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Tuesday, June 21, 2011

Maintaining property - Withnail

I've always bought old properties for myself to live in. I've enjoyed a Victorian terrace, an Edwardian semi, a twenties detached and a Georgian farmhouse.

I like all that period charm, the character, the blah, blah, blah, that I've been conditioned by the style police to aspire to.

Old properties are troublesome however, the older they get the faster the rate of deterioration, just like cars and people.

Scratch at my Georgian farmhouse and it would crumble away in my fingers, at which point I would throw the rug metaphorically back down and carry on with my day. Even all that pure Georgian symmetry couldn't make up for the endless maintenance, so I updated and moved forward in time back to another Edwardian one. ( still troublesome, but not as bad)

The years of tiresome maintenance on period properties have paid off in terms of decent re-sales ( to other stylish aspirants ) and the joy of living in that period home ambience.

"Just look at my beautiful cornicing darlings, .....and the high ceilings. Have I shown you the stone salting slab in my larder?"

But does it make sense for a rental property that you will hopefully spend as little time in as possible?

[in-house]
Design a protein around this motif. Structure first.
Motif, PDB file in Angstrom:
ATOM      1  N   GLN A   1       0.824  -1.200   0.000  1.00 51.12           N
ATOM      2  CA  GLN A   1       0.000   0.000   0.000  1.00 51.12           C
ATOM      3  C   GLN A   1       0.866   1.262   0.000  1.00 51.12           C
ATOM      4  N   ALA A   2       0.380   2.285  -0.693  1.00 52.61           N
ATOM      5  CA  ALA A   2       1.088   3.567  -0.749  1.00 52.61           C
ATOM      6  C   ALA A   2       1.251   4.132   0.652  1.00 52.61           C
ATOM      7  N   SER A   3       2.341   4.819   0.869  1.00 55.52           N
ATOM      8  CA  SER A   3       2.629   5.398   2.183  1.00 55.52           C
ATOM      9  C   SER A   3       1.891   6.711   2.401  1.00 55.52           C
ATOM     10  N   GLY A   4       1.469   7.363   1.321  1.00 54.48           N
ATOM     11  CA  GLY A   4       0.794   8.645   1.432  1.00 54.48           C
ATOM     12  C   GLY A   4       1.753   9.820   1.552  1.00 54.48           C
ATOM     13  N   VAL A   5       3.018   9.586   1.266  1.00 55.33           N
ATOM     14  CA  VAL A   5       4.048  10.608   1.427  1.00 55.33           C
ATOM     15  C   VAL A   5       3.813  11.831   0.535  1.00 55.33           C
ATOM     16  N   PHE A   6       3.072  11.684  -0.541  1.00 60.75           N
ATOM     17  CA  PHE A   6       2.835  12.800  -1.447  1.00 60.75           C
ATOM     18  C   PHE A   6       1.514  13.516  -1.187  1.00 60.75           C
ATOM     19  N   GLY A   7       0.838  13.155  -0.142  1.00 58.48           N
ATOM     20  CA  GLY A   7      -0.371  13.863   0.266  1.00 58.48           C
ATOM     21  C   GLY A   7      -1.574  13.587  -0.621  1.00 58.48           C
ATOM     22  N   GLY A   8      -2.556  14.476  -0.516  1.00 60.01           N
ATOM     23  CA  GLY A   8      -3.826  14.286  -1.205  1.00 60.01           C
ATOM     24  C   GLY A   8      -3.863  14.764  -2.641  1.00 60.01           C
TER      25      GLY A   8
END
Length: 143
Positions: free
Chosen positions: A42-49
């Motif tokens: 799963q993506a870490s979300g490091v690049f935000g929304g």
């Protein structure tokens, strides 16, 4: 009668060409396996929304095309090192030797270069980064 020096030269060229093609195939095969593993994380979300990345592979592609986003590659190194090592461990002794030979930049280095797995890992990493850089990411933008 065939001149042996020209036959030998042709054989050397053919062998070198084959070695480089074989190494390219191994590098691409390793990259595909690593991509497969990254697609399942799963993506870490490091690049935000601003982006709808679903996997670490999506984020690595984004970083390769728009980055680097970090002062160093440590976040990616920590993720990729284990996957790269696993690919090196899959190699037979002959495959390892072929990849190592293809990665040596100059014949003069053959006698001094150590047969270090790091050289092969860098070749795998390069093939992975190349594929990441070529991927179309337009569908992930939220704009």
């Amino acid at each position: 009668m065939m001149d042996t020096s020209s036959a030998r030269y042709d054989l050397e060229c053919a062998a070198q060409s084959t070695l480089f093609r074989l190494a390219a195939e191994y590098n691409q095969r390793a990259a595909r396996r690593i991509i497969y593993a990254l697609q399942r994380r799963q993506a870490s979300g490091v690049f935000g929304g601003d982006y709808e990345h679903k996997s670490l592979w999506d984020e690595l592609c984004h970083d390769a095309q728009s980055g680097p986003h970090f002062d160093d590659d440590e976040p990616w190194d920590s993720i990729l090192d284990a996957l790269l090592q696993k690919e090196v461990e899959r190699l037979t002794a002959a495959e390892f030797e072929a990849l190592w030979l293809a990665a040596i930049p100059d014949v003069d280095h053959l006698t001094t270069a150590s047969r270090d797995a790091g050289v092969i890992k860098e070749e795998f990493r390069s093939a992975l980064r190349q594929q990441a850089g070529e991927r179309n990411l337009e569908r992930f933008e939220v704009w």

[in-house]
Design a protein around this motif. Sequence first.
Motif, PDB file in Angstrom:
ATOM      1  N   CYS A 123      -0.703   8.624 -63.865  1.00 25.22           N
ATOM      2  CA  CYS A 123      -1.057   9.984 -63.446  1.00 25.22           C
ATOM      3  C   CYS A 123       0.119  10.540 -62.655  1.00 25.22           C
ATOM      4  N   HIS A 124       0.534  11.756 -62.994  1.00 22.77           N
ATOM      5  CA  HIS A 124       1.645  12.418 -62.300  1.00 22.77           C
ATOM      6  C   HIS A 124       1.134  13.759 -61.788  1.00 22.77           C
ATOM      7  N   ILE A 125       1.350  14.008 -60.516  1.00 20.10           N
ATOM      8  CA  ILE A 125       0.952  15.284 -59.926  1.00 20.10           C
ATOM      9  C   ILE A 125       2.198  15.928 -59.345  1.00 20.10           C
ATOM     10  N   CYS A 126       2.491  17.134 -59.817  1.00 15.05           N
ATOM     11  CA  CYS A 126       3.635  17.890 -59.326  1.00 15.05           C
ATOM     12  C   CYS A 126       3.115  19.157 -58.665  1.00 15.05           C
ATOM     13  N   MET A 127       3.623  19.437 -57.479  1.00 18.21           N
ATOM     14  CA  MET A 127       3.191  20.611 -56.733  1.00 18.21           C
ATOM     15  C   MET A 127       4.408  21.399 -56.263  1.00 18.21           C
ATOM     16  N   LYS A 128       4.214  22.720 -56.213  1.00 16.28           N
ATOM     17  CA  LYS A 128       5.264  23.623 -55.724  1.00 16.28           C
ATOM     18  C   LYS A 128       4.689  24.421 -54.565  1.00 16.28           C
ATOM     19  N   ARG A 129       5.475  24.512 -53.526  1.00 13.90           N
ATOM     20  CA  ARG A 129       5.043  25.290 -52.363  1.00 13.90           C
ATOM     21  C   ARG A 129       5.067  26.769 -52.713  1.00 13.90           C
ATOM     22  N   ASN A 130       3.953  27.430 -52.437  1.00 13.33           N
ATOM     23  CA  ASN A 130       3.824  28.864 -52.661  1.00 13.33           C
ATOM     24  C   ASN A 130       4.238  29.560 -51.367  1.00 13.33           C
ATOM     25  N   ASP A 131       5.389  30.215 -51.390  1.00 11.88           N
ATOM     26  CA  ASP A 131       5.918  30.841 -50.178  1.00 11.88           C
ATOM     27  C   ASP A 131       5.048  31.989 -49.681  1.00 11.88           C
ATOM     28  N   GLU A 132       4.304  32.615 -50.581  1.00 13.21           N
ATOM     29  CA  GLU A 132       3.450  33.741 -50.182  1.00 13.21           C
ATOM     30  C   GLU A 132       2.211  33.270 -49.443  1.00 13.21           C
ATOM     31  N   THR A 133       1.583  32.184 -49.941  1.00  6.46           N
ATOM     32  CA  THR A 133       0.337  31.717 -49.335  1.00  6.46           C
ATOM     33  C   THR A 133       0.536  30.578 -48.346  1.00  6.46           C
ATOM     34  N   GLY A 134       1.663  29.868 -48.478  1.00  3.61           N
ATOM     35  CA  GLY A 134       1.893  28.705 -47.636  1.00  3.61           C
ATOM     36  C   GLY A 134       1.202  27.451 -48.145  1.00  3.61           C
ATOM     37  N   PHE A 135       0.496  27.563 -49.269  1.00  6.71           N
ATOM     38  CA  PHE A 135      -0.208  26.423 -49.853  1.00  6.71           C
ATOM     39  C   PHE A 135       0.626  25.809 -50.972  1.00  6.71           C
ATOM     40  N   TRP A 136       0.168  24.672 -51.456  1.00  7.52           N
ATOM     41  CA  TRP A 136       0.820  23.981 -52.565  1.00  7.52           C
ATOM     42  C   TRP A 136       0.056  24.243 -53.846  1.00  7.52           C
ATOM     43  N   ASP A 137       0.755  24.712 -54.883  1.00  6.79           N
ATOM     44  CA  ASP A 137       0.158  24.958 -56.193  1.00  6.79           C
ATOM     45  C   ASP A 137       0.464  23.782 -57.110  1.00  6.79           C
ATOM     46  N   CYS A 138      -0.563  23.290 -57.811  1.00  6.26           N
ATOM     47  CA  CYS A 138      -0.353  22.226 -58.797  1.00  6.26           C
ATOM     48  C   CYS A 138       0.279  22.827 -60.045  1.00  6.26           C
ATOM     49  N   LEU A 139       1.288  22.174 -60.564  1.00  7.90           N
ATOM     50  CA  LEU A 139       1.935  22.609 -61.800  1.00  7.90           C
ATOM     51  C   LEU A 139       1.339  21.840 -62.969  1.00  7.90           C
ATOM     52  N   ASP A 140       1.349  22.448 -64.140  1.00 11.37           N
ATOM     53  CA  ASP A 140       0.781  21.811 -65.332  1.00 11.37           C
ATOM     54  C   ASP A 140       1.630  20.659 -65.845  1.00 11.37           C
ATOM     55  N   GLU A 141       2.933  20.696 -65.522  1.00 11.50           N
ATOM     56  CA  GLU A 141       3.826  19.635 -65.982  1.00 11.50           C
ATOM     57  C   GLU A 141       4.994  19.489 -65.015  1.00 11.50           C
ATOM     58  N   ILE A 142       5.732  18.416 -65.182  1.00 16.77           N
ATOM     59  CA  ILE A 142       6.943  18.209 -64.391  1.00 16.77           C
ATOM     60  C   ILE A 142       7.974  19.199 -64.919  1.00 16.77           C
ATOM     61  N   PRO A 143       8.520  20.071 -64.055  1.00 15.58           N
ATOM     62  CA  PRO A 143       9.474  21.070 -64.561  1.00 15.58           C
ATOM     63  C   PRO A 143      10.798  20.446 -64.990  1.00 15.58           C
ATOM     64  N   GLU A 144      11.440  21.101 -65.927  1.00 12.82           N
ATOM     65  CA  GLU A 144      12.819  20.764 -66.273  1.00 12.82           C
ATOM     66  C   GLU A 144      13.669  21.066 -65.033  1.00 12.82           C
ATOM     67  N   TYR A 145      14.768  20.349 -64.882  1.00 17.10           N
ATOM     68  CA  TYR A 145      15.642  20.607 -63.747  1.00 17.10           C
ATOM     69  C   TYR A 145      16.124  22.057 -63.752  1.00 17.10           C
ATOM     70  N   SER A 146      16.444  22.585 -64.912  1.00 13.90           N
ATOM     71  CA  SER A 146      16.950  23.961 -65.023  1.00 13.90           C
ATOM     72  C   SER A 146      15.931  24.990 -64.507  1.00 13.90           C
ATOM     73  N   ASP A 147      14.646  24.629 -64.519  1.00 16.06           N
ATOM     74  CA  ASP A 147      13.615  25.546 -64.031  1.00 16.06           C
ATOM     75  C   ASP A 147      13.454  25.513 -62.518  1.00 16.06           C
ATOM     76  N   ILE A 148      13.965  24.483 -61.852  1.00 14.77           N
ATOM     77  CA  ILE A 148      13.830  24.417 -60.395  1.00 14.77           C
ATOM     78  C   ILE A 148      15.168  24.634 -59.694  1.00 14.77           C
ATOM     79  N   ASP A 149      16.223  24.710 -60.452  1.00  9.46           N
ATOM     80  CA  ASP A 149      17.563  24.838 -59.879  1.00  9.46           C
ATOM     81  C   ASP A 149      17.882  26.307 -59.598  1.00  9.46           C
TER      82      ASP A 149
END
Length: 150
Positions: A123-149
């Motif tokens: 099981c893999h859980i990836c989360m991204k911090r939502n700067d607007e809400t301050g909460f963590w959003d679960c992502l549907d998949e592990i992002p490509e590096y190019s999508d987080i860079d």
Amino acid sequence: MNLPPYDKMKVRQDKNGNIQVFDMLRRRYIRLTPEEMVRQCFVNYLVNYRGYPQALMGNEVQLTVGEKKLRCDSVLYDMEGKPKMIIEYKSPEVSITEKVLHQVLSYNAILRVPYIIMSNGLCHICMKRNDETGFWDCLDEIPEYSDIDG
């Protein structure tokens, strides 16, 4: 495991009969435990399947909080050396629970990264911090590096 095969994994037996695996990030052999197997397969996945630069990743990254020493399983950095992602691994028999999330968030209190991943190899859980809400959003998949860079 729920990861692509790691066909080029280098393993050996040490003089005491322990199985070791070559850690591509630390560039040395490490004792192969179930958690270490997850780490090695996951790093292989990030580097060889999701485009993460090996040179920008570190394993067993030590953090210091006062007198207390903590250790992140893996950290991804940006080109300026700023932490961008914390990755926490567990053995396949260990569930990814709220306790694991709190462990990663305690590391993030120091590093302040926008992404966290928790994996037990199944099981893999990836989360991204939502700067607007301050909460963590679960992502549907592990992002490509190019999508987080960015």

My Victorian rental properties are a pain in the back side, solid 9 inch brick walls are a haven for mould and mildew that forces endless re -decoration. I've had to have roofs replaced, root ingress on drains, what an absolute nightmare, damp proofing, shall I go on?

All this work eats directly into the rental profits as well as my time.

The joy of owning an old property is lost if you don't actually live in it, and tenants will happily rent any property in the right location at the right price. So for rental, take my advice and buy a nearly new one ( so you don't lose money on the initial 2 year dip ).

I've just been renovating a 1970s bungalow that was built by it's original builder/owner to live in. The roof and walls have been built to withstand a direct hit from a stray bomb, there is no damp and hopefully no maintenance issues for a long time to come.

Get one that is well insulated and that will give you years of maintenance free letting.

Forget the crumbling old wrecks for renting out, save those for yourself to live in, shivering, but in a stylish and elegant manner. Chin, chin!

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Anonymous said...

If you are going to buy dirt cheap that others have ignored, what do you expect? Many homes built in the past 30 years are builders right-offs, it depends upon what you want to spend and where. I live in an Edwardian town house and refuse to move, it is structurally sound, energy efficient as far as solid walls will allow, and re-roofed 30 years ago. My total spend on this house in the past 10 years has been £2K and that was for double glazing. No more.

Hawkeye said...

Sounds absolutely delightful anonymous.